The common thread in these stories is Bester's flabbergasting imagination. His stories are often ironic, taking a wry observation about current society, and projecting it to its logical conclusion into an absurd future, from the quest for poets in an efficient future of "Disappearing act", to the drop of acid that makes a test tube woman intriguing in "Galatea Galante".

As one of the inventors of science fiction, Bester not only lays the ground work for the popular themes of science fiction such as the last couple on earth, time travel, androids and their programming, but adds his own twists: a man needing an agent to sell his soul to the Devil (of the company Beelzebub, Belial, Devil, and Orgy), collectors in the future recreating a 1950's style room, and a chaos compensator.

This will blow you away, and your preconceptions as well.
This is a collection of some of the most unorthodox short stories even by the standards of science fiction. One can never tell where these will take us, and even then we are surprised at the results. Reading this will change everything, because afterwards very few things will seem weird. Many of these are tour de force of writting to show of the fact that the author could get away with something, that would be considered bad in writting of lesser carliber, but Bester's power-writting simply cuts through the rules, and gives us some truly out-of-this-world stories, which overpower the reader. In some it is the idea that is the main thing, and elsewhere it is the presentation, which is allpowerful, but each and every time we are left surprised, amazed by the end result. Some of these could be called parodies of classical sciece fiction cliches. (Besides Bester invented some things, that has become cliches since, and yet in his prose they are still powerful, and not cliched at all.) Some are funny, and some are sad, and most are weird, but they are all memorable.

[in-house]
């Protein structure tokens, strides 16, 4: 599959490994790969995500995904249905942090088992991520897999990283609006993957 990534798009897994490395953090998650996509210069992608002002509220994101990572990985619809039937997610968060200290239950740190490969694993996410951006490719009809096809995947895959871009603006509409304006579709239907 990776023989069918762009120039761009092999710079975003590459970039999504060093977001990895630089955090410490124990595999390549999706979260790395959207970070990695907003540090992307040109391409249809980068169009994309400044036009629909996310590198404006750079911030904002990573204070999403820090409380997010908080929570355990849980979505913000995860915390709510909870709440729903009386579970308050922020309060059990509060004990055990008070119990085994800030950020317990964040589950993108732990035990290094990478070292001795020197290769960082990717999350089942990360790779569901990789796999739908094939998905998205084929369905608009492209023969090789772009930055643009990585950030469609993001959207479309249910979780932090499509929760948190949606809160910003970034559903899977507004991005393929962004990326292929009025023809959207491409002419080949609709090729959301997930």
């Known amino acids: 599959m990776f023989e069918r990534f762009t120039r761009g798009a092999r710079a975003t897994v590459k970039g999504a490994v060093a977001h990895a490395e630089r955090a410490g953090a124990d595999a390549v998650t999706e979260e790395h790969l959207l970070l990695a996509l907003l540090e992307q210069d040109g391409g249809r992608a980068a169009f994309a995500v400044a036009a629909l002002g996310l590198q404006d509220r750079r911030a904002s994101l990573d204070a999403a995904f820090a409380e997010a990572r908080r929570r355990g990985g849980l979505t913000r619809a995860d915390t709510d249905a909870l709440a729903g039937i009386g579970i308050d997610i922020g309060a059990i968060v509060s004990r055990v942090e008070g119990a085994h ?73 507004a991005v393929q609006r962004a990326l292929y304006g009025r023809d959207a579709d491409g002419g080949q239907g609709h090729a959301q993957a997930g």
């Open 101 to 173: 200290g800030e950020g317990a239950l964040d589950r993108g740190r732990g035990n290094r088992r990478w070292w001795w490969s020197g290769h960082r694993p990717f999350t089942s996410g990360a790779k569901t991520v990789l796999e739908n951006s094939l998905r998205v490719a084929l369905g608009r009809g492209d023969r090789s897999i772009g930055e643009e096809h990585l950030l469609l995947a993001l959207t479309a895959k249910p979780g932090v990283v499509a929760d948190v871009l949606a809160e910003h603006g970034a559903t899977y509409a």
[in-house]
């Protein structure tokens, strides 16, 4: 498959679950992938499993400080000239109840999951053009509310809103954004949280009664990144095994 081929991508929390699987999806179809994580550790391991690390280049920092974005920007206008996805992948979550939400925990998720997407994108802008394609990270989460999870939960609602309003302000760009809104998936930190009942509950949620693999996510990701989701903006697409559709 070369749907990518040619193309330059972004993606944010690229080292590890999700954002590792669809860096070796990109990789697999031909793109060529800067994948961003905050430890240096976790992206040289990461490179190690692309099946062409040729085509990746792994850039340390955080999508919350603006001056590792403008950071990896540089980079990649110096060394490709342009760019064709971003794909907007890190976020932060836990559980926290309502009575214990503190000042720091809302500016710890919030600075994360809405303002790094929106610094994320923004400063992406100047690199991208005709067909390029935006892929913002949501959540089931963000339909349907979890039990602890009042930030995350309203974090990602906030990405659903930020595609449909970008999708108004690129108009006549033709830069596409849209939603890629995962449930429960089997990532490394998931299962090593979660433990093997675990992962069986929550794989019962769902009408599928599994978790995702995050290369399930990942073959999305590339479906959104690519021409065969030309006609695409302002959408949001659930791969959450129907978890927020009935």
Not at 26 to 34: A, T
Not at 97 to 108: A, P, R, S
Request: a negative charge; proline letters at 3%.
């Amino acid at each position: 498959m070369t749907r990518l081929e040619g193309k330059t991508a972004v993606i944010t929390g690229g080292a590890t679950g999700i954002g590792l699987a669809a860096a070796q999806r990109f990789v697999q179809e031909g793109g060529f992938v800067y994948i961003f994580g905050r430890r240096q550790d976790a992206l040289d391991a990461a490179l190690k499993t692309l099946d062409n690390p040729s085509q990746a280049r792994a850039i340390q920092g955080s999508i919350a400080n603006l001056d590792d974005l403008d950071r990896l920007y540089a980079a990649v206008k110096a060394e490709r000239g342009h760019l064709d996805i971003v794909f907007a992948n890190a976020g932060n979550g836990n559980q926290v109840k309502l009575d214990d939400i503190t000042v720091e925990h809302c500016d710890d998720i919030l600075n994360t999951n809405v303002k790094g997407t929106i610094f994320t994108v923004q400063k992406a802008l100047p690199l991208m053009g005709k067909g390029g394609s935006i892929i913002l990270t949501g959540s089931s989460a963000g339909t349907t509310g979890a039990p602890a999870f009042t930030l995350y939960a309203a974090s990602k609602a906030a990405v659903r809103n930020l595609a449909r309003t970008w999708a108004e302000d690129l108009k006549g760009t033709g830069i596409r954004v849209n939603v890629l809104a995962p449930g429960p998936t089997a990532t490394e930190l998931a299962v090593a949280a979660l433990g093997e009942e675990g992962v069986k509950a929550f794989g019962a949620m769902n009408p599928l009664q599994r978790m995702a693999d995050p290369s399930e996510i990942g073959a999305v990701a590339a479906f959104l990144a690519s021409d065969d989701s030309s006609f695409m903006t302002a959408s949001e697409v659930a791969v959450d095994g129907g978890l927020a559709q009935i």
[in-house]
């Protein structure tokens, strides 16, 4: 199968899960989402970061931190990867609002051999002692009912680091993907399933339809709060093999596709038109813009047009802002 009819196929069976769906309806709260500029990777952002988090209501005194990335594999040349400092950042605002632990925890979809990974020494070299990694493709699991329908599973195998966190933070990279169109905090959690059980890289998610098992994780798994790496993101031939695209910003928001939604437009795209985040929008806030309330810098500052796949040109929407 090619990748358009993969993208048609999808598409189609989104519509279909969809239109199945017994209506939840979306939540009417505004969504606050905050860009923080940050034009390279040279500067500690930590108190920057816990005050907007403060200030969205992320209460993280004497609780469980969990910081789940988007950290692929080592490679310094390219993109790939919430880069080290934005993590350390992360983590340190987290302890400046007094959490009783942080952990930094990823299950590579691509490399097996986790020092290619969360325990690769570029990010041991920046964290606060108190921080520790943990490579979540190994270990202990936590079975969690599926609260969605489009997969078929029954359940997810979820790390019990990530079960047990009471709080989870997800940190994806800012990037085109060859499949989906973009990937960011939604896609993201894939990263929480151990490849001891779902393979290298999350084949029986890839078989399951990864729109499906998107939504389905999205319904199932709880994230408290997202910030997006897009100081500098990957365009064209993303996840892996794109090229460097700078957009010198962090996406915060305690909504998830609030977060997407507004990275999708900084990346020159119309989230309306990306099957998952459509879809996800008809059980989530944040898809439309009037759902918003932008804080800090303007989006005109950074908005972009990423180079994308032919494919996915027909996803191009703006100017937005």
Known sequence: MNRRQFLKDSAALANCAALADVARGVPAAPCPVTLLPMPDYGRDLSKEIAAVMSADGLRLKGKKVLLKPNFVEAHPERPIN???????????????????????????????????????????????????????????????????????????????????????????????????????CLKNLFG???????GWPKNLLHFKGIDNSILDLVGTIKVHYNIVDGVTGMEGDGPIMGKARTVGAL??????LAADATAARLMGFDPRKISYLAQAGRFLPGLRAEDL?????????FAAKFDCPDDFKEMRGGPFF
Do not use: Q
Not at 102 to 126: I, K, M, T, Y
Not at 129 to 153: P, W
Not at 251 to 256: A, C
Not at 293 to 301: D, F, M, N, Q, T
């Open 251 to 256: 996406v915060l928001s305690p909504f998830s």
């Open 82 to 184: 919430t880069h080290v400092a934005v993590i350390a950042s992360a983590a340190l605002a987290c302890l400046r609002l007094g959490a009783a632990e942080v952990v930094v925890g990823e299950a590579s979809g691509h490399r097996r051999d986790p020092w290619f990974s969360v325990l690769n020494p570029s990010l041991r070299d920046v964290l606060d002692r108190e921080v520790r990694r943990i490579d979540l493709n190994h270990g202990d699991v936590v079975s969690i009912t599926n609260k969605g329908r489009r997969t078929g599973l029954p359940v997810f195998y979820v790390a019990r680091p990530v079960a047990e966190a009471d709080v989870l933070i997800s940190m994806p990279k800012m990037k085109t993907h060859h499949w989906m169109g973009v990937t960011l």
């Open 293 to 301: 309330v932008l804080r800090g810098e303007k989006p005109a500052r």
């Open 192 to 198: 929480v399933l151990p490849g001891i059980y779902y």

Published in Paperback by Vintage Books (July, 1998)
Authors: Alfred Bester and Roger Zelazny
Amazon base price: $9.60
List price: $12.00 (that's 20% off!)
Used price: $3.83
Buy one from zShops for: $5.50
Average review score:

Pure insanity, but would have been better if finished by A.B
This book is like almost any work of Phillip K. Dick...incredibly insane, but as hard to stop reading as it is to stop smoking... The problem is that I just keep getting this nagging feeling that the book would have been better if Alfred's insanity would've finished it...instead, you can clearly tell Zelazny's parts because they're just too sane--I'd have liked for Alfred's insanity to culminate in the incredible ending that it already has.

There's an explenation...
The book deserves ofcourse 5 stars ,but since each of the giants wrote better on his own - let there be four.

It's almost blesphemy ,but I think the book would have come out better if Bester would be alive to finish it on his own. Not that the late Zelazny ruined it or something ,it's just that opposite to a few other reviewers ,I could tell when Bester stops and Zelazny takes over. It's not a bad change ,bad there's a change. of pace .of style. of plot direction.

As it came out at last ,it's a wonderfully written ,humoristic (not really FUNNY but light-hearted) ,with that Bester quality of PKD chaos ,but not as gloomy ,and zelazny's action ,and a number of sub-plots converging at the last possible point. Overall one of the best half-light reads i've had.(half-light 'cause Bester's style is more heavy ,but not domminant).

Very recommended.

A very nice blend
This book blended the two author's styles nicely. It was a lot of fun on the second read, trying to pick which part was written by whom. The fight scenes were pure Zelazny. Wonderfully crafted by a skilled fencer & Aikidoist.

Golem One Hundred
Published in Paperback by Pocket Books (March, 1981)
Author: Alfred Bester
Amazon base price: $2.95
Used price: $0.29